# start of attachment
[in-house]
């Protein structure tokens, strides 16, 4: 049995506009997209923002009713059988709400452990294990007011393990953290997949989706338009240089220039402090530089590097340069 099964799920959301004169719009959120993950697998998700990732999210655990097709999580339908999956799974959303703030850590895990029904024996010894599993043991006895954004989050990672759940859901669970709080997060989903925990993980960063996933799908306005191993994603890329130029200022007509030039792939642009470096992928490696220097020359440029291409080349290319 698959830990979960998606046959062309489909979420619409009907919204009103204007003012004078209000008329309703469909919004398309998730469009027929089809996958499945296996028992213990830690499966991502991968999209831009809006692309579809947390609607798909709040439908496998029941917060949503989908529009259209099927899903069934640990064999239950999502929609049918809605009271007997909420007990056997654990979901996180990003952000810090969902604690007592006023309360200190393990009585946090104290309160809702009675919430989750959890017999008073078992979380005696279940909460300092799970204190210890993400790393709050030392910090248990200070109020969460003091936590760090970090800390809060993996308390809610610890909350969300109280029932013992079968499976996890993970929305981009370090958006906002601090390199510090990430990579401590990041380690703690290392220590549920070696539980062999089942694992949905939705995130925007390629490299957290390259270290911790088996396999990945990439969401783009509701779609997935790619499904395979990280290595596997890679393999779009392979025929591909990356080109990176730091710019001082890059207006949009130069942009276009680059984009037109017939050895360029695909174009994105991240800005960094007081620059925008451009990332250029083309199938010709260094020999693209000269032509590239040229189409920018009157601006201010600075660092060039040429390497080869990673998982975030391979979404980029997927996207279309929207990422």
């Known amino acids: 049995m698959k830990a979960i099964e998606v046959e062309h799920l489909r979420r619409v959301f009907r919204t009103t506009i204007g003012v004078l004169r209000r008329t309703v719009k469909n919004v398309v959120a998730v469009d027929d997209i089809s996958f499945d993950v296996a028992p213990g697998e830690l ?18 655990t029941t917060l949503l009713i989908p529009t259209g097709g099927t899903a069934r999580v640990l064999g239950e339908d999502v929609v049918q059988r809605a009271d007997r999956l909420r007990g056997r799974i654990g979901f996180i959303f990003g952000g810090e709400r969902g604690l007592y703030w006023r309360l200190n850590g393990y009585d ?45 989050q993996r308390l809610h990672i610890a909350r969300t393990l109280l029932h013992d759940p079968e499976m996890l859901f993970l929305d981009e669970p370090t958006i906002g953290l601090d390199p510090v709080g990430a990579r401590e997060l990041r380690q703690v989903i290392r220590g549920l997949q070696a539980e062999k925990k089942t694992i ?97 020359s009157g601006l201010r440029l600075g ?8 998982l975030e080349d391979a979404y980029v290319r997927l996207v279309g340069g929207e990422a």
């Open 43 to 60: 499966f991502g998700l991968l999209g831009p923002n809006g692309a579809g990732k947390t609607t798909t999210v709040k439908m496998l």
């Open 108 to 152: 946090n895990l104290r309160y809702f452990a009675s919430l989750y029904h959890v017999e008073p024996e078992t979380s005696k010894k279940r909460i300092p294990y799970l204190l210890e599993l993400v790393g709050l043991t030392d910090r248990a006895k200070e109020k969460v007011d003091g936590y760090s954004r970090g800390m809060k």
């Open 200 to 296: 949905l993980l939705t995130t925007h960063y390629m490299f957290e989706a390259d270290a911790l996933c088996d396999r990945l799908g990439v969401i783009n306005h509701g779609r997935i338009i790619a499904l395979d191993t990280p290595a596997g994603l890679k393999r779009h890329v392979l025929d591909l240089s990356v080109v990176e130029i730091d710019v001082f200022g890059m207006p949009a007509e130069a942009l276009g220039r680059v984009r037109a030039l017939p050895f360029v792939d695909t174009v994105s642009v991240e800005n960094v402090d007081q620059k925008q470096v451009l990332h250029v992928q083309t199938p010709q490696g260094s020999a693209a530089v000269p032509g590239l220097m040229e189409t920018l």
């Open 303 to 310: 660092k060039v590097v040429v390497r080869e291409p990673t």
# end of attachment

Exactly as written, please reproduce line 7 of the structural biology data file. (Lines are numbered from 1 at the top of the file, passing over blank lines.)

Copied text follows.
């Open 303 to 310: 660092k060039v590097v040429v390497r080869e291409p990673t």